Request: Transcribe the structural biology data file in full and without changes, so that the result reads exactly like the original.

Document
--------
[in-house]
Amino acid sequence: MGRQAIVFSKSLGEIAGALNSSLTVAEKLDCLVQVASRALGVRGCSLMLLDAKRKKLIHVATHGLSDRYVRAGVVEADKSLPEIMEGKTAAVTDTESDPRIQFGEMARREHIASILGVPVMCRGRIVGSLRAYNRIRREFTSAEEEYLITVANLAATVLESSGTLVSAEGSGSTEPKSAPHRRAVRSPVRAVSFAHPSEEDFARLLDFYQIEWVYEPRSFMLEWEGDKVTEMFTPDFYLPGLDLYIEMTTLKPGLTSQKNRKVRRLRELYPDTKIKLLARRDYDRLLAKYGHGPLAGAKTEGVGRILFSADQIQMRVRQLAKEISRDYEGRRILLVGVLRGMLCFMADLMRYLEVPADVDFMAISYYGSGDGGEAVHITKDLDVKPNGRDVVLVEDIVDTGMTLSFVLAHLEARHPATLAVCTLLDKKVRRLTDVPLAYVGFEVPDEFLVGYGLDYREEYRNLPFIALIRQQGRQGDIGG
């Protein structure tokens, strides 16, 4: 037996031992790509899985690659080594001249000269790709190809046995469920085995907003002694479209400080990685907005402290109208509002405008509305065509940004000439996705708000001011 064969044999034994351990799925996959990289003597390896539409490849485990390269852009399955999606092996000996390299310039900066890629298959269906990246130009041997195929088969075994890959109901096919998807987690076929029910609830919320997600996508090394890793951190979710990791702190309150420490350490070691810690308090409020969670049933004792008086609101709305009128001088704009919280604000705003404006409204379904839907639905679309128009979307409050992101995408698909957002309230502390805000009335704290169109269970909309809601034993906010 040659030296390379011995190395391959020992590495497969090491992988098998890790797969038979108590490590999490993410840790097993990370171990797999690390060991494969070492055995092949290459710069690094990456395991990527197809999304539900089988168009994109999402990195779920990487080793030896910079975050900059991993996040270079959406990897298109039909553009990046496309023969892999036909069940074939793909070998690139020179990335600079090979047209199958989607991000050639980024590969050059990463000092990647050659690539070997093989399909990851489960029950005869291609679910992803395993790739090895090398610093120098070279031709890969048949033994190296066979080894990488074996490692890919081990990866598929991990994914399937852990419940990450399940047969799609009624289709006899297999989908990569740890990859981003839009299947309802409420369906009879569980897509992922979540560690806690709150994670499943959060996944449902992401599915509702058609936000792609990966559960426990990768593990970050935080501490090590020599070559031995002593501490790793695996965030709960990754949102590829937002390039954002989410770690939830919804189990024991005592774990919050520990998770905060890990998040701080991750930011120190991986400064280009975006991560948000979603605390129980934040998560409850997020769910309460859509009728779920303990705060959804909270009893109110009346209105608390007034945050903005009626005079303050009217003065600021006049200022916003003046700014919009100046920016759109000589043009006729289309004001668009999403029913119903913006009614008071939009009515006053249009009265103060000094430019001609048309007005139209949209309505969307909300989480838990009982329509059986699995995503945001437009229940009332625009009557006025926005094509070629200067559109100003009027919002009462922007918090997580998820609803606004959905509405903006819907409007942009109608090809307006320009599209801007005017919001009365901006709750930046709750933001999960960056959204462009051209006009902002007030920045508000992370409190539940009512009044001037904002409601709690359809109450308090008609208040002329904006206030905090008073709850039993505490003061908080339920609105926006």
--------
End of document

[in-house]
Amino acid sequence: MGRQAIVFSKSLGEIAGALNSSLTVAEKLDCLVQVASRALGVRGCSLMLLDAKRKKLIHVATHGLSDRYVRAGVVEADKSLPEIMEGKTAAVTDTESDPRIQFGEMARREHIASILGVPVMCRGRIVGSLRAYNRIRREFTSAEEEYLITVANLAATVLESSGTLVSAEGSGSTEPKSAPHRRAVRSPVRAVSFAHPSEEDFARLLDFYQIEWVYEPRSFMLEWEGDKVTEMFTPDFYLPGLDLYIEMTTLKPGLTSQKNRKVRRLRELYPDTKIKLLARRDYDRLLAKYGHGPLAGAKTEGVGRILFSADQIQMRVRQLAKEISRDYEGRRILLVGVLRGMLCFMADLMRYLEVPADVDFMAISYYGSGDGGEAVHITKDLDVKPNGRDVVLVEDIVDTGMTLSFVLAHLEARHPATLAVCTLLDKKVRRLTDVPLAYVGFEVPDEFLVGYGLDYREEYRNLPFIALIRQQGRQGDIGG
């Protein structure tokens, strides 16, 4: 037996031992790509899985690659080594001249000269790709190809046995469920085995907003002694479209400080990685907005402290109208509002405008509305065509940004000439996705708000001011 064969044999034994351990799925996959990289003597390896539409490849485990390269852009399955999606092996000996390299310039900066890629298959269906990246130009041997195929088969075994890959109901096919998807987690076929029910609830919320997600996508090394890793951190979710990791702190309150420490350490070691810690308090409020969670049933004792008086609101709305009128001088704009919280604000705003404006409204379904839907639905679309128009979307409050992101995408698909957002309230502390805000009335704290169109269970909309809601034993906010 040659030296390379011995190395391959020992590495497969090491992988098998890790797969038979108590490590999490993410840790097993990370171990797999690390060991494969070492055995092949290459710069690094990456395991990527197809999304539900089988168009994109999402990195779920990487080793030896910079975050900059991993996040270079959406990897298109039909553009990046496309023969892999036909069940074939793909070998690139020179990335600079090979047209199958989607991000050639980024590969050059990463000092990647050659690539070997093989399909990851489960029950005869291609679910992803395993790739090895090398610093120098070279031709890969048949033994190296066979080894990488074996490692890919081990990866598929991990994914399937852990419940990450399940047969799609009624289709006899297999989908990569740890990859981003839009299947309802409420369906009879569980897509992922979540560690806690709150994670499943959060996944449902992401599915509702058609936000792609990966559960426990990768593990970050935080501490090590020599070559031995002593501490790793695996965030709960990754949102590829937002390039954002989410770690939830919804189990024991005592774990919050520990998770905060890990998040701080991750930011120190991986400064280009975006991560948000979603605390129980934040998560409850997020769910309460859509009728779920303990705060959804909270009893109110009346209105608390007034945050903005009626005079303050009217003065600021006049200022916003003046700014919009100046920016759109000589043009006729289309004001668009999403029913119903913006009614008071939009009515006053249009009265103060000094430019001609048309007005139209949209309505969307909300989480838990009982329509059986699995995503945001437009229940009332625009009557006025926005094509070629200067559109100003009027919002009462922007918090997580998820609803606004959905509405903006819907409007942009109608090809307006320009599209801007005017919001009365901006709750930046709750933001999960960056959204462009051209006009902002007030920045508000992370409190539940009512009044001037904002409601709690359809109450308090008609208040002329904006206030905090008073709850039993505490003061908080339920609105926006």